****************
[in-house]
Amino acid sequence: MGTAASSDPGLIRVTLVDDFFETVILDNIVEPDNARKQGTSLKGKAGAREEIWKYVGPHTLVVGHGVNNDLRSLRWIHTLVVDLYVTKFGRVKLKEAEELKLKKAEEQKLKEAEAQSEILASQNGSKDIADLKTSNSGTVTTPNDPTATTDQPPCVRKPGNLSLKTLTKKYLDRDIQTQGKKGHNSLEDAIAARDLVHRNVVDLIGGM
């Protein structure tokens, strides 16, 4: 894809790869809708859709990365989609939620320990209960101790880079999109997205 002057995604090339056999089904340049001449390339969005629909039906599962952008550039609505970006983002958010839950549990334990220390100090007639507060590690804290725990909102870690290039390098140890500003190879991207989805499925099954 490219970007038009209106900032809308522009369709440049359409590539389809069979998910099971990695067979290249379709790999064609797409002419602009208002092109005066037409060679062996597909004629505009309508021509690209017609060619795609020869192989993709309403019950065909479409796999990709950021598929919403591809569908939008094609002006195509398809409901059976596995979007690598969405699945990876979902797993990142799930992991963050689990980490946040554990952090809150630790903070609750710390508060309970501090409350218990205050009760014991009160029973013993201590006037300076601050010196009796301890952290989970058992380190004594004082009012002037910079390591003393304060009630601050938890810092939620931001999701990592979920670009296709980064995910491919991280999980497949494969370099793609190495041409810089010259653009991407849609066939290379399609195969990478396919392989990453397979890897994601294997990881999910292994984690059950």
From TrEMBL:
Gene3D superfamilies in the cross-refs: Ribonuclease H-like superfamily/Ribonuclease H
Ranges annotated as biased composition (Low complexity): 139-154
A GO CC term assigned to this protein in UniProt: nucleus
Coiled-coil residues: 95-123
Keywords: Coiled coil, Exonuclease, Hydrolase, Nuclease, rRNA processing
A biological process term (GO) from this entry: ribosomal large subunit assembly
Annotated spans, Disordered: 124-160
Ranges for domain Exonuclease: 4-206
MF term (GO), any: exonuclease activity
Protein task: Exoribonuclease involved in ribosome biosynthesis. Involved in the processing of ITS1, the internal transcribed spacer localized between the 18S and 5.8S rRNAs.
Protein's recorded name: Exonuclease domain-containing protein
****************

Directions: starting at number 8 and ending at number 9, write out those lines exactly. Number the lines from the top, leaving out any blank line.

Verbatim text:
Coiled-coil residues: 95-123
Keywords: Coiled coil, Exonuclease, Hydrolase, Nuclease, rRNA processing